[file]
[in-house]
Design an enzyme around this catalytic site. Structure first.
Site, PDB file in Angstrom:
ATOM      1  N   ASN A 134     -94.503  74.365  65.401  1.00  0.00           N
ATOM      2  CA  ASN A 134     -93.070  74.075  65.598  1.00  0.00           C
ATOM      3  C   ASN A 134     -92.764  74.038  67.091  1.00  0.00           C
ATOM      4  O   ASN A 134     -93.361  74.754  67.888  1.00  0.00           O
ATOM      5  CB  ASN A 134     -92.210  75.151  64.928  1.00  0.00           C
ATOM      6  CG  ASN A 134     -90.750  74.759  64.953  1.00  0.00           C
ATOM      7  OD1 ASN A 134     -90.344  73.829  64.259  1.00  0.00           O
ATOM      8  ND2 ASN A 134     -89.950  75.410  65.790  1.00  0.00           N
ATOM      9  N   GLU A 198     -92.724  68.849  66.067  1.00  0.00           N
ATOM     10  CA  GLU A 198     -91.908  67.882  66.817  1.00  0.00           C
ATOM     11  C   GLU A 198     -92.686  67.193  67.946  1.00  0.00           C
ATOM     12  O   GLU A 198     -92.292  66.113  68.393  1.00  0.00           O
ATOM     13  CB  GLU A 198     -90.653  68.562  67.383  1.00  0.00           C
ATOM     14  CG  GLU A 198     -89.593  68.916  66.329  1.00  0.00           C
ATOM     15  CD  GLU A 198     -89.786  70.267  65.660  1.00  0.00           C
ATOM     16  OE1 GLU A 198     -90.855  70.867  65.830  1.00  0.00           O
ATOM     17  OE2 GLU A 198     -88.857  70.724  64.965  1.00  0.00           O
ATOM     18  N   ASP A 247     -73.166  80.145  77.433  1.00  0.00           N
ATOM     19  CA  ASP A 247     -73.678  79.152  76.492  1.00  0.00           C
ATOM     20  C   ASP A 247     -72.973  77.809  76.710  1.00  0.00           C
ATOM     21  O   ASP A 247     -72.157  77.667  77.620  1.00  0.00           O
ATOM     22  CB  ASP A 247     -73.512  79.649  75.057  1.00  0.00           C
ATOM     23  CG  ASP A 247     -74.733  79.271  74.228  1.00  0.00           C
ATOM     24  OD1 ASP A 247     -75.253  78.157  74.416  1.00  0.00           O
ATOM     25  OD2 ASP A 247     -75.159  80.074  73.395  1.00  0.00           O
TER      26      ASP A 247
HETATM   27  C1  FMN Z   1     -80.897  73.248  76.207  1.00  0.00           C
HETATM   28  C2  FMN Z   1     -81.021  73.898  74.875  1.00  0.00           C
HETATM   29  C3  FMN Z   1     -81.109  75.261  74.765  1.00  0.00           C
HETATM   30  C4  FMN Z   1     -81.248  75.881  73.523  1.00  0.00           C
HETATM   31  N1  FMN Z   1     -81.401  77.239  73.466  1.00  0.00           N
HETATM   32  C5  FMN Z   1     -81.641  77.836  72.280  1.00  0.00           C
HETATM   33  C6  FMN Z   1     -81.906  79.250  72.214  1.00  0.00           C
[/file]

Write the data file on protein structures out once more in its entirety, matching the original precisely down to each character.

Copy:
[in-house]
Design an enzyme around this catalytic site. Structure first.
Site, PDB file in Angstrom:
ATOM      1  N   ASN A 134     -94.503  74.365  65.401  1.00  0.00           N
ATOM      2  CA  ASN A 134     -93.070  74.075  65.598  1.00  0.00           C
ATOM      3  C   ASN A 134     -92.764  74.038  67.091  1.00  0.00           C
ATOM      4  O   ASN A 134     -93.361  74.754  67.888  1.00  0.00           O
ATOM      5  CB  ASN A 134     -92.210  75.151  64.928  1.00  0.00           C
ATOM      6  CG  ASN A 134     -90.750  74.759  64.953  1.00  0.00           C
ATOM      7  OD1 ASN A 134     -90.344  73.829  64.259  1.00  0.00           O
ATOM      8  ND2 ASN A 134     -89.950  75.410  65.790  1.00  0.00           N
ATOM      9  N   GLU A 198     -92.724  68.849  66.067  1.00  0.00           N
ATOM     10  CA  GLU A 198     -91.908  67.882  66.817  1.00  0.00           C
ATOM     11  C   GLU A 198     -92.686  67.193  67.946  1.00  0.00           C
ATOM     12  O   GLU A 198     -92.292  66.113  68.393  1.00  0.00           O
ATOM     13  CB  GLU A 198     -90.653  68.562  67.383  1.00  0.00           C
ATOM     14  CG  GLU A 198     -89.593  68.916  66.329  1.00  0.00           C
ATOM     15  CD  GLU A 198     -89.786  70.267  65.660  1.00  0.00           C
ATOM     16  OE1 GLU A 198     -90.855  70.867  65.830  1.00  0.00           O
ATOM     17  OE2 GLU A 198     -88.857  70.724  64.965  1.00  0.00           O
ATOM     18  N   ASP A 247     -73.166  80.145  77.433  1.00  0.00           N
ATOM     19  CA  ASP A 247     -73.678  79.152  76.492  1.00  0.00           C
ATOM     20  C   ASP A 247     -72.973  77.809  76.710  1.00  0.00           C
ATOM     21  O   ASP A 247     -72.157  77.667  77.620  1.00  0.00           O
ATOM     22  CB  ASP A 247     -73.512  79.649  75.057  1.00  0.00           C
ATOM     23  CG  ASP A 247     -74.733  79.271  74.228  1.00  0.00           C
ATOM     24  OD1 ASP A 247     -75.253  78.157  74.416  1.00  0.00           O
ATOM     25  OD2 ASP A 247     -75.159  80.074  73.395  1.00  0.00           O
TER      26      ASP A 247
HETATM   27  C1  FMN Z   1     -80.897  73.248  76.207  1.00  0.00           C
HETATM   28  C2  FMN Z   1     -81.021  73.898  74.875  1.00  0.00           C
HETATM   29  C3  FMN Z   1     -81.109  75.261  74.765  1.00  0.00           C
HETATM   30  C4  FMN Z   1     -81.248  75.881  73.523  1.00  0.00           C
HETATM   31  N1  FMN Z   1     -81.401  77.239  73.466  1.00  0.00           N
HETATM   32  C5  FMN Z   1     -81.641  77.836  72.280  1.00  0.00           C
HETATM   33  C6  FMN Z   1     -81.906  79.250  72.214  1.00  0.00           C